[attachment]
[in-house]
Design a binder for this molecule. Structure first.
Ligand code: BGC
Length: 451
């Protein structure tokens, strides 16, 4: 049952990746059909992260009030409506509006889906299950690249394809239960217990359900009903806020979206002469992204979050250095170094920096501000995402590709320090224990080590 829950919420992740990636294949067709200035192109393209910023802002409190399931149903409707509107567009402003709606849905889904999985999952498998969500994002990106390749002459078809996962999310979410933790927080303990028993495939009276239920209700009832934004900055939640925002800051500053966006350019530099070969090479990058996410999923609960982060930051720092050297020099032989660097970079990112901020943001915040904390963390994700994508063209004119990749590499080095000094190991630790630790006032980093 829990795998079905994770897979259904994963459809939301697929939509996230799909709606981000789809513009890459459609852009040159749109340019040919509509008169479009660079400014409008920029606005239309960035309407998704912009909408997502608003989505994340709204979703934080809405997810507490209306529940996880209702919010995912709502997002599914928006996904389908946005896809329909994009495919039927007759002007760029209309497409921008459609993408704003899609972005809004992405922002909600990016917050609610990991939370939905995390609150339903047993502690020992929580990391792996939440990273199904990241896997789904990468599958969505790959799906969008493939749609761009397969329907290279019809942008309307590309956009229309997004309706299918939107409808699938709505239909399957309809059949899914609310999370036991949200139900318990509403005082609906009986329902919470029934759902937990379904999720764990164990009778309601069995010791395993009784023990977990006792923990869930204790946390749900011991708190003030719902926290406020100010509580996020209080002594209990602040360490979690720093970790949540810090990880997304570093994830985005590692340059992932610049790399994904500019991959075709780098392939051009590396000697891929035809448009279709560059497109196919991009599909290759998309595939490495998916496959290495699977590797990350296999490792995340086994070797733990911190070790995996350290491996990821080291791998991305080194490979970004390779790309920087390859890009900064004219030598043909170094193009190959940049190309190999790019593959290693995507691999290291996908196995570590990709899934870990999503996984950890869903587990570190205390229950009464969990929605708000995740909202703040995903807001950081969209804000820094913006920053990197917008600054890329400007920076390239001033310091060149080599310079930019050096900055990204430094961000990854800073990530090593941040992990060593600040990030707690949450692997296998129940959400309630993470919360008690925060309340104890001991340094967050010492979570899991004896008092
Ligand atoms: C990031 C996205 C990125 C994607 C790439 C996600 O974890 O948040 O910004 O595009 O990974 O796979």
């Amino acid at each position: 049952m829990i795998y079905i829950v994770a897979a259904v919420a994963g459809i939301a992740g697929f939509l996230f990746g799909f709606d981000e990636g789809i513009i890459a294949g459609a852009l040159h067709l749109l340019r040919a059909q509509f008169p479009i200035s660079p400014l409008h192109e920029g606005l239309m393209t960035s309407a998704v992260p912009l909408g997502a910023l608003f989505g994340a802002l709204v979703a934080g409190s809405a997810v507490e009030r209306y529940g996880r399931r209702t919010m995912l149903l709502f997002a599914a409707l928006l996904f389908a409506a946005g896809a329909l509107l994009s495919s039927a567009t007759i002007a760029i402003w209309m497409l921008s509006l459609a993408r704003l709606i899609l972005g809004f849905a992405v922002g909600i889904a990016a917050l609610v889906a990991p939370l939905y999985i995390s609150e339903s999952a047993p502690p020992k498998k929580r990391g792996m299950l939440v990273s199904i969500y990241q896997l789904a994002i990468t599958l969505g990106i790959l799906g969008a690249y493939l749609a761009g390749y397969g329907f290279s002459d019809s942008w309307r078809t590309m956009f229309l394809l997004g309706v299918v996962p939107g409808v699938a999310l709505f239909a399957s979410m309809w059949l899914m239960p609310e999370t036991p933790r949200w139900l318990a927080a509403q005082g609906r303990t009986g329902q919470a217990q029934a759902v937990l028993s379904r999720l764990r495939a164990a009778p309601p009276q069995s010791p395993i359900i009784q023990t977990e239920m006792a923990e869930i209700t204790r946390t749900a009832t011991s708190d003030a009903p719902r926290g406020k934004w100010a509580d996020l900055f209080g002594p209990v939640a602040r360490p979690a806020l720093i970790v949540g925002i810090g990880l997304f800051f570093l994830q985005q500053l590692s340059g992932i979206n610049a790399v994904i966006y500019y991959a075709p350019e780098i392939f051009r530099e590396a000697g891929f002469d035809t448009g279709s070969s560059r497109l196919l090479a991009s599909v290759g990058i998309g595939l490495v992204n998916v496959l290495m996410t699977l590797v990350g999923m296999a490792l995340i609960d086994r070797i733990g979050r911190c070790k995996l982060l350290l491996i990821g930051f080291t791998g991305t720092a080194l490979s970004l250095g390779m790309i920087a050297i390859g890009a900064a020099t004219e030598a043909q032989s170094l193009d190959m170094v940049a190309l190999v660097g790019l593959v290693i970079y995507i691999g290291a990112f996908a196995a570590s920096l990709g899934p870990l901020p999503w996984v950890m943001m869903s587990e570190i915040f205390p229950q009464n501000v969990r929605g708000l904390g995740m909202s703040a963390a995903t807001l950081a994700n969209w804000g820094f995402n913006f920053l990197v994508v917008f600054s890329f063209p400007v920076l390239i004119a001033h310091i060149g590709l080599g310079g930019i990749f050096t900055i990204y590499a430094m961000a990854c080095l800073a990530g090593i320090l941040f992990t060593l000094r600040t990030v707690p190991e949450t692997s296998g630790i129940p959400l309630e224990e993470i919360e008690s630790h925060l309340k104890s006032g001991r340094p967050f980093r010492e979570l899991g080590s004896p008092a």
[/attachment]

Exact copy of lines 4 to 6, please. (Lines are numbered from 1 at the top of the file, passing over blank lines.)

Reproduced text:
Length: 451
């Protein structure tokens, strides 16, 4: 049952990746059909992260009030409506509006889906299950690249394809239960217990359900009903806020979206002469992204979050250095170094920096501000995402590709320090224990080590 829950919420992740990636294949067709200035192109393209910023802002409190399931149903409707509107567009402003709606849905889904999985999952498998969500994002990106390749002459078809996962999310979410933790927080303990028993495939009276239920209700009832934004900055939640925002800051500053966006350019530099070969090479990058996410999923609960982060930051720092050297020099032989660097970079990112901020943001915040904390963390994700994508063209004119990749590499080095000094190991630790630790006032980093 829990795998079905994770897979259904994963459809939301697929939509996230799909709606981000789809513009890459459609852009040159749109340019040919509509008169479009660079400014409008920029606005239309960035309407998704912009909408997502608003989505994340709204979703934080809405997810507490209306529940996880209702919010995912709502997002599914928006996904389908946005896809329909994009495919039927007759002007760029209309497409921008459609993408704003899609972005809004992405922002909600990016917050609610990991939370939905995390609150339903047993502690020992929580990391792996939440990273199904990241896997789904990468599958969505790959799906969008493939749609761009397969329907290279019809942008309307590309956009229309997004309706299918939107409808699938709505239909399957309809059949899914609310999370036991949200139900318990509403005082609906009986329902919470029934759902937990379904999720764990164990009778309601069995010791395993009784023990977990006792923990869930204790946390749900011991708190003030719902926290406020100010509580996020209080002594209990602040360490979690720093970790949540810090990880997304570093994830985005590692340059992932610049790399994904500019991959075709780098392939051009590396000697891929035809448009279709560059497109196919991009599909290759998309595939490495998916496959290495699977590797990350296999490792995340086994070797733990911190070790995996350290491996990821080291791998991305080194490979970004390779790309920087390859890009900064004219030598043909170094193009190959940049190309190999790019593959290693995507691999290291996908196995570590990709899934870990999503996984950890869903587990570190205390229950009464969990929605708000995740909202703040995903807001950081969209804000820094913006920053990197917008600054890329400007920076390239001033310091060149080599310079930019050096900055990204430094961000990854800073990530090593941040992990060593600040990030707690949450692997296998129940959400309630993470919360008690925060309340104890001991340094967050010492979570899991004896008092
Ligand atoms: C990031 C996205 C990125 C994607 C790439 C996600 O974890 O948040 O910004 O595009 O990974 O796979």